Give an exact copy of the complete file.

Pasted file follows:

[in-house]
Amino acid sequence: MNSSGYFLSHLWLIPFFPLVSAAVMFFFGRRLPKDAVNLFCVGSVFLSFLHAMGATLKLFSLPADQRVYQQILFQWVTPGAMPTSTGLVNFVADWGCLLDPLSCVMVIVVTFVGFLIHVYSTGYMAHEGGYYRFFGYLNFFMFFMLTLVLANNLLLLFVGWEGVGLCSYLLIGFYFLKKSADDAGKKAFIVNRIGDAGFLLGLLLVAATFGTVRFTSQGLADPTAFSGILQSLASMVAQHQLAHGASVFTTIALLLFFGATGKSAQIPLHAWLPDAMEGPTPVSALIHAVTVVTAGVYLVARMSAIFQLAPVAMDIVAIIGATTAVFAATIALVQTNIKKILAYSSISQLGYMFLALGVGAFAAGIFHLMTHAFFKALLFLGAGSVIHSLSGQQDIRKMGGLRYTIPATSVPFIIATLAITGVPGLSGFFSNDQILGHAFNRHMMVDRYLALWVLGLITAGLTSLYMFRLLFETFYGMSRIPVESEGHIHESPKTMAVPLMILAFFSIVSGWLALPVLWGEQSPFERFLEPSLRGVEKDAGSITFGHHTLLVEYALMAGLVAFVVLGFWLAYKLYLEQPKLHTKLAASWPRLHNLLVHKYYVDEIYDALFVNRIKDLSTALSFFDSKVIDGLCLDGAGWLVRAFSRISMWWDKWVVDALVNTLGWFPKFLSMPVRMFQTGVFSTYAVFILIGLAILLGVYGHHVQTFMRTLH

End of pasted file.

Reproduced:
[in-house]
Amino acid sequence: MNSSGYFLSHLWLIPFFPLVSAAVMFFFGRRLPKDAVNLFCVGSVFLSFLHAMGATLKLFSLPADQRVYQQILFQWVTPGAMPTSTGLVNFVADWGCLLDPLSCVMVIVVTFVGFLIHVYSTGYMAHEGGYYRFFGYLNFFMFFMLTLVLANNLLLLFVGWEGVGLCSYLLIGFYFLKKSADDAGKKAFIVNRIGDAGFLLGLLLVAATFGTVRFTSQGLADPTAFSGILQSLASMVAQHQLAHGASVFTTIALLLFFGATGKSAQIPLHAWLPDAMEGPTPVSALIHAVTVVTAGVYLVARMSAIFQLAPVAMDIVAIIGATTAVFAATIALVQTNIKKILAYSSISQLGYMFLALGVGAFAAGIFHLMTHAFFKALLFLGAGSVIHSLSGQQDIRKMGGLRYTIPATSVPFIIATLAITGVPGLSGFFSNDQILGHAFNRHMMVDRYLALWVLGLITAGLTSLYMFRLLFETFYGMSRIPVESEGHIHESPKTMAVPLMILAFFSIVSGWLALPVLWGEQSPFERFLEPSLRGVEKDAGSITFGHHTLLVEYALMAGLVAFVVLGFWLAYKLYLEQPKLHTKLAASWPRLHNLLVHKYYVDEIYDALFVNRIKDLSTALSFFDSKVIDGLCLDGAGWLVRAFSRISMWWDKWVVDALVNTLGWFPKFLSMPVRMFQTGVFSTYAVFILIGLAILLGVYGHHVQTFMRTLH